All things draw from the same wellspring of spiritual energy. This means that the sermonic and religious can be mediated through a saxophone just as effectively as through a pastor. . . . How can this be? . . . [Can] tapping feet and blues guitar strokes . . . evoke the contemplative moment and call the listener to a deeper understanding of inner and outer realities? . . . The need to create impermeable boundaries between the sacred and the secular is . . . a much more recent appropriation of western values. . . .
Historically, most efforts to wall off the doctrinal rightness and wrongness of particular practices failed. Instead, hearers of the gospel inculturated and improvised on the main themes so as to tune the message for their own hearing. Given Christianity’s preferential option for the poor, the cross-pollination of jazz, blues, and tap with church music and practices could be considered the epitome of missional outreach and spiritual creativity.
The piece below is one of the most beautiful writings I have ever read. It’s part of a series of reflections on art and faith. It is beautiful, touching and liberative. Do read on!
Perplexed into Contemplation
Wednesday, May 16, 2018
The imagination offers revelation. It never blasts us with information or numbs us with description. . . . We find ourselves engaged in its questions and possibilities, and new revelation dawns. . . . The imaginative form of knowing is graced with gradualness. . . . The imagination reveals truth in such a way that we can receive and integrate it. —John O’Donohue 
I must confess that I tend to prefer the older forms of art and music to much of what I see and hear in pop culture. Often when I listen to music on the radio today, I often scratch my head and say, “I really don’t get it!” But maybe the point is for us to not get it when we encounter something new or unfamiliar.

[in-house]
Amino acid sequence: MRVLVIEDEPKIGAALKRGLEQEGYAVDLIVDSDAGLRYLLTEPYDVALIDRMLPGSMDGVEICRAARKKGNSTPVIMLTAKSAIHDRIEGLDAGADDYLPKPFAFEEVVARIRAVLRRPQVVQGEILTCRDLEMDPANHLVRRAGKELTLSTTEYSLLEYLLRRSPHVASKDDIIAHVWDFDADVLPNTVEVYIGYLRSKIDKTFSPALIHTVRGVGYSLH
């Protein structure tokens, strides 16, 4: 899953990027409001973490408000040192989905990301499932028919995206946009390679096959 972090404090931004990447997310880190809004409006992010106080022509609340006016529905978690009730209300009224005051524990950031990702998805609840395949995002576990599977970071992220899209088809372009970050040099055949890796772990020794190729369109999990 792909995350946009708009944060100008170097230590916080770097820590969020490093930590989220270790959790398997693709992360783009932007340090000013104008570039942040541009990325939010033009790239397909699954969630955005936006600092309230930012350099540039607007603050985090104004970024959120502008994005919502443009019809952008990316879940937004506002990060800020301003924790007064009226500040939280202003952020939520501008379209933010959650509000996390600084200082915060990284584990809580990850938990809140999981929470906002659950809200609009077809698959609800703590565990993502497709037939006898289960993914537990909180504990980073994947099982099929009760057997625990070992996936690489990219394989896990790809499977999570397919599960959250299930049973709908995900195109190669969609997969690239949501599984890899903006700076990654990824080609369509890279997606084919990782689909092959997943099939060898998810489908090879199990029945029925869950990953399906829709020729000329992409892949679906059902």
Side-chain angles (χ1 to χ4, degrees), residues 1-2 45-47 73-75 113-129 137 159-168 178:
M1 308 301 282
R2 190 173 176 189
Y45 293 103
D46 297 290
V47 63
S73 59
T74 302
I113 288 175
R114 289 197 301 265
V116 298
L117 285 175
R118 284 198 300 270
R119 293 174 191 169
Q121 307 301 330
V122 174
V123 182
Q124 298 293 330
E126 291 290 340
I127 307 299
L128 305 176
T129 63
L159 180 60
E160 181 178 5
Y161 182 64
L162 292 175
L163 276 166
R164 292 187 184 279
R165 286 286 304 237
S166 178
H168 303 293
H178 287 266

One of our CONSPIRE 2018 teachers, Dr. Barbara Holmes, suggests that both art and contemplation have a related goal: shifting paradigms. Art and contemplation lead us to wonder, but first they perplex us. Mature spiritual leaders make room for and welcome the prophetic—the challenging, new, and unexpected—even while holding onto the essentials of our wisdom traditions.
Holmes writes in Joy Unspeakable about how the Gospel is being re-envisioned by young people:
To reconsider your circumstances using the perspectives of a new generation is a difficult and contemplative act. It is contemplative because it requires the recognition that the world as we know it is not of our own making. Another generation has its hands to the plow: they will not engage the world as we did; they are singing a new song. 
If Christianity is to survive and stay relevant, we must welcome new songs, new expressions of the sacred through beauty, celebration, lament, defiance, and calls to repentance and action. To do so requires bringing contemplative practice beyond pews and prayer mats to the ways we engage on social media, the streets, and the evening news. Contemplation is not only for so-called sacred spaces; it can touch and change all of life.
Ronald Rolheiser writes:
God cannot be thought, but God can be met. Through awe and wonder we experience God and there, as mystics have always stated, we understand more by not understanding than by understanding. In that posture we let God be God. In such a posture, too, we live in contemplation. 
Reverend Holmes continues: